Once an underdog label, Big Hit Entertainment is now one of the most high-profile and profitable companies in K-pop. This is thanks almost entirely to BTS’ phenomenal global success. As Big Hit prepares for BTS’ imminent enlistment–eldest member Jin will enlist by the end of 2020 due to changes in the maximum enlistment age two years ago–the company is making big moves to build a bright future. But will these steps be enough for Big Hit to thrive and cement their place as a long-term K-pop power player, independent of their signature group?

The story of Big Hit began in 2005, when former JYP Entertainment composer Bang Si-hyuk founded the company. Its early years were tough, full of commercial disappointments and lost opportunities. A young K.Will called Big Hit home for a time, but decamped to Starship Entertainment prior to the release of his biggest hits. The company’s first girl group, GLAM, had a promising start in 2012. However, they were famously felled by one of Hallyu’s most bizarre scandals. Perhaps the brightest spot in Big Hit’s rookie years was its co-management of 2AM, which nevertheless was often more associated with its other managing company, JYP.

The company’s turning point would come in 2013, with the debut of BTS. Though hardly an immediate success, BTS would first slowly climb towards, then rapidly rocket to global stardom. The group’s meteoric rise turned Big Hit into a notable company almost overnight. While this success was obviously welcome, it also came with a distinct downside, as Big Hit’s fiscal health and industry reputation became tied to a single group. That is a regrettably tenuous set-up for a company, made even more so by BTS’ identity as a boy group, and thus their inevitable military hiatus.

As that hiatus draws precipitously near, Big Hit is at a crucial crossroads. It can find ways to diversify its appeal, creating an identity and cultivating sources of income and notoriety beyond BTS. Or, it can crumble, failing to gain traction outside of the group that built it into the company it is today.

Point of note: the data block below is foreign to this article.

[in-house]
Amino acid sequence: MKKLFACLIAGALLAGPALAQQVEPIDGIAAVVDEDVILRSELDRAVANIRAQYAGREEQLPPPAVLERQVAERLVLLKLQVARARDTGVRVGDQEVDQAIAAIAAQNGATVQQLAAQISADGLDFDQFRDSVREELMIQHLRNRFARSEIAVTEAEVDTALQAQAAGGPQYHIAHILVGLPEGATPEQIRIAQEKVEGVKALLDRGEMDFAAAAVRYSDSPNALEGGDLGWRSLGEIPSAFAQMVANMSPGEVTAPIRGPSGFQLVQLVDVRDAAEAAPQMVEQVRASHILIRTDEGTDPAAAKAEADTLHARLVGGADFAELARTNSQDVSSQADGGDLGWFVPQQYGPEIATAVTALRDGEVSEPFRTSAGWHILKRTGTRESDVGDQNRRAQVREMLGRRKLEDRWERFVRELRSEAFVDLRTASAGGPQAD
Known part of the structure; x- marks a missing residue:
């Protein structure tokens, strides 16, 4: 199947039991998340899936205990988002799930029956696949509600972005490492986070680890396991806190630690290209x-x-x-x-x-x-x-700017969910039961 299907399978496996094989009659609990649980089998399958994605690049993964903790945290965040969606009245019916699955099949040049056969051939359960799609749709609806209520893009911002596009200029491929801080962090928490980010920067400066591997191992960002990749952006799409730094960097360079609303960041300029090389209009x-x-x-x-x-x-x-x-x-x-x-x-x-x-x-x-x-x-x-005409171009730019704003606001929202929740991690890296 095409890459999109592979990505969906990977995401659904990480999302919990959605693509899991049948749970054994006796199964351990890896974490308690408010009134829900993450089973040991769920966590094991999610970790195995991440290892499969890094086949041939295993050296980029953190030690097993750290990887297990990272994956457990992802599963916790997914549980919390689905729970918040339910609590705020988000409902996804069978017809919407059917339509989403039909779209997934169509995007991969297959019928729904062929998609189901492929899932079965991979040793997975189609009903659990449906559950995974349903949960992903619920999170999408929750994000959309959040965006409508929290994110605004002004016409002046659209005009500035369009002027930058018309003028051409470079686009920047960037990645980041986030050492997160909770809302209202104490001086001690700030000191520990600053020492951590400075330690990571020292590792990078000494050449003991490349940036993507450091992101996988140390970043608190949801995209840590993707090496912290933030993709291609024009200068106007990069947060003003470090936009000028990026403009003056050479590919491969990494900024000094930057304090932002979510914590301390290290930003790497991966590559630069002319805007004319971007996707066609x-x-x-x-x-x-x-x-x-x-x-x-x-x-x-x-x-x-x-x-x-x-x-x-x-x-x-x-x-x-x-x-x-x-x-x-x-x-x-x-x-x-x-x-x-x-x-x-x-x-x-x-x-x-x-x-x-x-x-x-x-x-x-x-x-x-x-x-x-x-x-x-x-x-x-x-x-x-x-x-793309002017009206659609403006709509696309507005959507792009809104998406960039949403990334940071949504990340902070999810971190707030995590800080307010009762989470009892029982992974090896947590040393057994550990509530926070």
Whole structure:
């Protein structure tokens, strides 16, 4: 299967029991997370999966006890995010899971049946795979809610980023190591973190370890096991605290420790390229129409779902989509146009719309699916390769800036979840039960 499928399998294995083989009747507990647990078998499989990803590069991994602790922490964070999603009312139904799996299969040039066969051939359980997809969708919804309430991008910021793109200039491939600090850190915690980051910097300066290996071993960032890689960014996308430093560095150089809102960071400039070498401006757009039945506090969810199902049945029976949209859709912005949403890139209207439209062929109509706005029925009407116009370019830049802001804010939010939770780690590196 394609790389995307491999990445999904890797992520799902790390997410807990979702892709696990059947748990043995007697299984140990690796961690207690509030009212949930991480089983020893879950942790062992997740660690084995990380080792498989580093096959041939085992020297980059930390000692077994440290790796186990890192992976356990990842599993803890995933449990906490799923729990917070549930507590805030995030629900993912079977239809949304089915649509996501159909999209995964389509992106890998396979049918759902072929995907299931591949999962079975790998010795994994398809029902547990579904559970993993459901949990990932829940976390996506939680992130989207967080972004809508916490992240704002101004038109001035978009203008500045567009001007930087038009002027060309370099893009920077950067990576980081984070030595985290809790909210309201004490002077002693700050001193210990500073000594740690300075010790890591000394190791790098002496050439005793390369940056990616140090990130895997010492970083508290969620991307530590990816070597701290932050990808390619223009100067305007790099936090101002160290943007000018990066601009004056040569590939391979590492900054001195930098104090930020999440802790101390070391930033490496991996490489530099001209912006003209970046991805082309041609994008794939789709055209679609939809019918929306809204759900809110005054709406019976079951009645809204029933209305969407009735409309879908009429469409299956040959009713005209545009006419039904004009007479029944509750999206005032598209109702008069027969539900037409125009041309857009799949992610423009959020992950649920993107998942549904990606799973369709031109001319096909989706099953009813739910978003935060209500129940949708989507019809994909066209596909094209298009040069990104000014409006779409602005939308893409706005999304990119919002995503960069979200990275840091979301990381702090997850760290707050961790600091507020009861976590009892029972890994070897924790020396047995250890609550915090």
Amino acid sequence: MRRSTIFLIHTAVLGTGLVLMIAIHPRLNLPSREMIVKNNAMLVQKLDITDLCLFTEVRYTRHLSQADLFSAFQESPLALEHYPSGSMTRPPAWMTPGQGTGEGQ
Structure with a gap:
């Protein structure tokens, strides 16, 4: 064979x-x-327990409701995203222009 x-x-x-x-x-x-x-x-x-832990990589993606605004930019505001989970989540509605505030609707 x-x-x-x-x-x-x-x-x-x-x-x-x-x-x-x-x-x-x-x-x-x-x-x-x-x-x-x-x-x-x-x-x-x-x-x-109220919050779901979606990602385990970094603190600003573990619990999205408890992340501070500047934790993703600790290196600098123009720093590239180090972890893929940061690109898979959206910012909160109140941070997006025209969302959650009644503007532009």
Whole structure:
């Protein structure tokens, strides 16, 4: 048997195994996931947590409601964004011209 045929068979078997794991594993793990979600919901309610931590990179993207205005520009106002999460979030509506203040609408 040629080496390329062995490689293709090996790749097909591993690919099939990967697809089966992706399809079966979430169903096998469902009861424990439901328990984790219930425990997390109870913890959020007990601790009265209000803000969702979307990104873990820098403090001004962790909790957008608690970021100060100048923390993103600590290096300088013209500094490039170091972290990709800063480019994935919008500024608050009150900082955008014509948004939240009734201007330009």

This is not an unprecedented situation in K-pop. Looking back to the dawn of the second generation, rivals SM Entertainment and DSP Media faced similar conundrums. Both had risen to fame due to one or two groups. For SM, it was H.O.T and to a lesser extent, S.E.S. With DSP, it was Sechskies and Fin.KL. Around the early 2000’s, all four groups disbanded or went on indefinite hiatus. Faced with the abrupt loss of their most popular artists, both SM and DSP were forced to quickly reinvent themselves.

SM, of course, would accomplish this task in extraordinary fashion, becoming one of K-pop’s most recognizable and influential companies. It did this by building a formidable roster of artists, ensuring that it would never again be dependent on just one group or soloist. Alas, DSP did not fare as well, struggling to find its footing after losing Sechkies and Fin.KL. It did experience a brief renaissance in the mid-2000s, due to the groups SS501 and Kara. However, DSP has never managed to maintain a consistent troupe of successful acts for longer than a few years. Consequently, it has never matched, much less surpassed, its early glory days.

The contrasting trajectories of former rivals SM and DSP provide a clear picture of two futures that could await Big Hit. Their examples also highlight Big Hit’s most pressing need as it enters a new, non-BTS dominated era: more artists.